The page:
EDITORIAL: Closing more youth prisons makes sense

February 9, 2018 GMT

Several places in Texas could be facing what this region went through in 2011 - the closure of a youth prison, a facility that seemed secure and employed many people. Yet Southeast Texas survived the shutting down of the Al Price Juvenile Correctional Facility, and so can other regions in Texas that experience the same thing.

The Price facility was closed for financial reasons. The state was going through a budget crisis, and the Legislature had to make some tough choices. That was OK; in fact it’s exactly what lawmakers should do when expenses exceed income.

We have preached the need for fiscal restraint in other aspects of state government, and it applies to Southeast Texas as well.

This time, however, the youth prisons are facing closure for a different reason. State officials are finally realizing the limitations of the lock-’em-up-and-throw-away-the-key mentality on criminal punishment. It’s expensive, and it doesn’t always work.

As Camille Cain, the new executive director of the troubled Texas Juvenile Justice Department put it, “We have to start looking at what the Texas model is. Smaller facilities, closer to home for as many kids as that is appropriate for is the ultimate goal.”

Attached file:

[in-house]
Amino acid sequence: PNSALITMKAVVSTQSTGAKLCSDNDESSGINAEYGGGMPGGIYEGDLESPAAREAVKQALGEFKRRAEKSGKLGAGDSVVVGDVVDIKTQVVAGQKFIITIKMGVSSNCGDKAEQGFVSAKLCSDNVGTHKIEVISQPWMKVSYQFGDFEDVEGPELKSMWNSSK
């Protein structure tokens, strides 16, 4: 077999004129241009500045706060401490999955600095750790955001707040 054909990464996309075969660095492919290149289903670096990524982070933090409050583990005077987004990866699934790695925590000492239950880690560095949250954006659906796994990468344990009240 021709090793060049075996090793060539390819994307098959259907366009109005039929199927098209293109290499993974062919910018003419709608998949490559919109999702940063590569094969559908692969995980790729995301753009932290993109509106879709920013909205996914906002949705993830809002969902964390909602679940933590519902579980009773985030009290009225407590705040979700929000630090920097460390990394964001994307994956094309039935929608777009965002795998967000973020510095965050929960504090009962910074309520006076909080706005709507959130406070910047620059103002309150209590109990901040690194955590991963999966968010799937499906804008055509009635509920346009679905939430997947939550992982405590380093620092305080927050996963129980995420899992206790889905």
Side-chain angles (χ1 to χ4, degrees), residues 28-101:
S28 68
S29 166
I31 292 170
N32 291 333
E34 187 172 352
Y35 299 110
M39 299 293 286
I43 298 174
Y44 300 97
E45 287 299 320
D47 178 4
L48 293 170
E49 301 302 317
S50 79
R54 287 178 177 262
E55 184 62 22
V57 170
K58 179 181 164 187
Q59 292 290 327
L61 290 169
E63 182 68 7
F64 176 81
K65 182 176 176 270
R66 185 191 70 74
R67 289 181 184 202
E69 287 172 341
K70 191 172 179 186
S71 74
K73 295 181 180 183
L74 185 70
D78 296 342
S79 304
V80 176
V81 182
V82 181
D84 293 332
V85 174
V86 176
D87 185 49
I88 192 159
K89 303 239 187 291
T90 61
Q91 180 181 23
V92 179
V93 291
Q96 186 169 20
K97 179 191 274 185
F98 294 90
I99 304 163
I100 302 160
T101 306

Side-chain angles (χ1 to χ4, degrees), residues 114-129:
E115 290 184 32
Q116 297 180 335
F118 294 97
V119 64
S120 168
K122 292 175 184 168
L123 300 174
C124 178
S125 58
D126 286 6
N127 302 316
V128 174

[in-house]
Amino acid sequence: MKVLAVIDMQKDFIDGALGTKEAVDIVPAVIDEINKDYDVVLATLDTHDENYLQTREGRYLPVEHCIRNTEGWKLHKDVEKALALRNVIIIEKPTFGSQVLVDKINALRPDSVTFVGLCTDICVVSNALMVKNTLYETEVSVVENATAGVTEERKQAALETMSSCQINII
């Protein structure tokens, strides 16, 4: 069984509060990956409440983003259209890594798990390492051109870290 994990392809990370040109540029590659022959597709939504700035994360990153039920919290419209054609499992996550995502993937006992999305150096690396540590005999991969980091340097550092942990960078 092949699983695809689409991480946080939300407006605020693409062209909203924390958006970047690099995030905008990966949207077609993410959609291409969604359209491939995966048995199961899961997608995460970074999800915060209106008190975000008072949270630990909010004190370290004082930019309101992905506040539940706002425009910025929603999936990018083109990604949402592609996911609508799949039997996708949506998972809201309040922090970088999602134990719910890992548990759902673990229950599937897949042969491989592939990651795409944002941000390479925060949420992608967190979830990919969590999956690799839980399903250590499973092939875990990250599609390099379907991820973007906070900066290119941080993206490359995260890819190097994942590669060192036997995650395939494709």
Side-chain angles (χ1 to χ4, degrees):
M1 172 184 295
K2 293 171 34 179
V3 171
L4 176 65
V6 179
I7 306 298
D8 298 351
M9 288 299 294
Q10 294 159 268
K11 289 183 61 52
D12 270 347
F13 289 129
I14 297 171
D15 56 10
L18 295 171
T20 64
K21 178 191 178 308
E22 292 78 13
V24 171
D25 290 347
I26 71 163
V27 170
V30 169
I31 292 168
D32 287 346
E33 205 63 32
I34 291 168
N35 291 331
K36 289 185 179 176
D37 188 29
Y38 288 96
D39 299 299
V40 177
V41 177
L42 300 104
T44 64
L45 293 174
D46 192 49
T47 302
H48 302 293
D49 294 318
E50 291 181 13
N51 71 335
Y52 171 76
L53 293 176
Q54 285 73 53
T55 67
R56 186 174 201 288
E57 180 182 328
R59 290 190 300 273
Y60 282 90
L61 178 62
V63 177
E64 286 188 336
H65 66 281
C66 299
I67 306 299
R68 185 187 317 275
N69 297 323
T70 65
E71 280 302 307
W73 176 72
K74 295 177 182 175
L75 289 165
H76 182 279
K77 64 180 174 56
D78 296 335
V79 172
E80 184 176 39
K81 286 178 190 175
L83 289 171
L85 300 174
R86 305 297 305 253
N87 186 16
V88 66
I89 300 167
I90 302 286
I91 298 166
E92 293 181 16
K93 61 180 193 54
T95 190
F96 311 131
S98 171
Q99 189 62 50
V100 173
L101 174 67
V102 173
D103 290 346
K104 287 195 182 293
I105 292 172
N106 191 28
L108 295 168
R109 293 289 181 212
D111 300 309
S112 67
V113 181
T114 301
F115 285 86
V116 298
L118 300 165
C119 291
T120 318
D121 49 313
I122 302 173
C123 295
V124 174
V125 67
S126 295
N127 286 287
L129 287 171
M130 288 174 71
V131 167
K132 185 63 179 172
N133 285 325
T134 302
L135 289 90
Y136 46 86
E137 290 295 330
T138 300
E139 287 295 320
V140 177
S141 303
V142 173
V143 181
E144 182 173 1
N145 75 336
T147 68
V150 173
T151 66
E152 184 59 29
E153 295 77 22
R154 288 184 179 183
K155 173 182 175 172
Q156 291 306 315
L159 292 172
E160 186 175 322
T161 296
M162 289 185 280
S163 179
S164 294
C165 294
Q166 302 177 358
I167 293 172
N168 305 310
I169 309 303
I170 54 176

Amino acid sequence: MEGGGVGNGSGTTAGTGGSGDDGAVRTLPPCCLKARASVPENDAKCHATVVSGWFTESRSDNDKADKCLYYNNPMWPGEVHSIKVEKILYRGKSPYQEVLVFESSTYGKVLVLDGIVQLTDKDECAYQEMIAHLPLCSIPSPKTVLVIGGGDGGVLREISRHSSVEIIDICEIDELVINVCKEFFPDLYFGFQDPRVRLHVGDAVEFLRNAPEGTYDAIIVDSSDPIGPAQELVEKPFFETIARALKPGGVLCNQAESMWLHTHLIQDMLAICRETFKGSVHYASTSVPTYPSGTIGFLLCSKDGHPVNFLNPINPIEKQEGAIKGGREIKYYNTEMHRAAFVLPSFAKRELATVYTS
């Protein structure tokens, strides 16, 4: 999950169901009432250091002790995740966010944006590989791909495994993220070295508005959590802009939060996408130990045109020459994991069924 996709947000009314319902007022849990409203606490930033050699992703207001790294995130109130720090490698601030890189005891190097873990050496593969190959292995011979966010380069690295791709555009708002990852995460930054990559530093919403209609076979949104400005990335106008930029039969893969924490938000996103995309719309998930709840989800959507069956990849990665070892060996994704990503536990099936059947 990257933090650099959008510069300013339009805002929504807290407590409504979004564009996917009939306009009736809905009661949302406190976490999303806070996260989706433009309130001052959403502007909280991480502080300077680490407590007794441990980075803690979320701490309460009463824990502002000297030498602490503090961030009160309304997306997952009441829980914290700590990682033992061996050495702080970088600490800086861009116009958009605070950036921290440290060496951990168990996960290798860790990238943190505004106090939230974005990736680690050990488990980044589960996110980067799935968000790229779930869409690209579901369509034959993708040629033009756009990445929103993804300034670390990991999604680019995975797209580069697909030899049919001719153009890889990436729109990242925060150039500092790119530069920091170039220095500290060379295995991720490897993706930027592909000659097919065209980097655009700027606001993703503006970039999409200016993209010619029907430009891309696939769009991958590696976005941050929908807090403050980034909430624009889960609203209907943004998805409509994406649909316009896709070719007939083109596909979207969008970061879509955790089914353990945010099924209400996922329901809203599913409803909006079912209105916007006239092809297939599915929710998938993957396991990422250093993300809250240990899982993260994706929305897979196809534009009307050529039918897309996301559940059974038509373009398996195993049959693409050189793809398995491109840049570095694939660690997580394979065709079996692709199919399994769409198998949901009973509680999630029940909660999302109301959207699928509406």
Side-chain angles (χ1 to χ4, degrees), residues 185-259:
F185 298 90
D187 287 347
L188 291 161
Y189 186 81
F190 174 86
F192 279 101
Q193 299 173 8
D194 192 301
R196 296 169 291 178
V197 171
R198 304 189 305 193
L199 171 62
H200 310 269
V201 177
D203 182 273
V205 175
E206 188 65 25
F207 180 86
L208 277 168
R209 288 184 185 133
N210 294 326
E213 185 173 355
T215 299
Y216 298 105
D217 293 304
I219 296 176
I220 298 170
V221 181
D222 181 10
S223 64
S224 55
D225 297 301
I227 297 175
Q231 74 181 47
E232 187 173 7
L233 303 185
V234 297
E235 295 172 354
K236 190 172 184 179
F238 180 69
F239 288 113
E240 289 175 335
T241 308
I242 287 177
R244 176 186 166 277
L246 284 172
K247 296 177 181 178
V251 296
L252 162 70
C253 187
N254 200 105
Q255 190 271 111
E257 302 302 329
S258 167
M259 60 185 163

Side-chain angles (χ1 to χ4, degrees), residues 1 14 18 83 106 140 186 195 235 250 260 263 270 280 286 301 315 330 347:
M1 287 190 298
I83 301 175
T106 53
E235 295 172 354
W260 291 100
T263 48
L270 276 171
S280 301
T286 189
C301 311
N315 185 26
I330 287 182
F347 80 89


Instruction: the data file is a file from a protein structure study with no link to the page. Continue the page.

That makes sense.

For first offenders or those guilty of minor crimes, long prison sentences make it harder to transition back to becoming responsible citizens. Virtually all of those inmates are paroled or complete their sentences in less than a decade, so the question is not if but when they are released.

If they receive no education or job training in prison, their chances of returning to crime and thus prison are distressingly high. Smart states are trying to break that cycle before it starts and reserve those costly prison cells for inmates guilty of serious or violent crimes.

That goes double for youthful offenders, who have their whole lives ahead of them and can still be turned around.

This new approach is good for the inmates of youth prisons and taxpayers. State officials should support it in word and deed.


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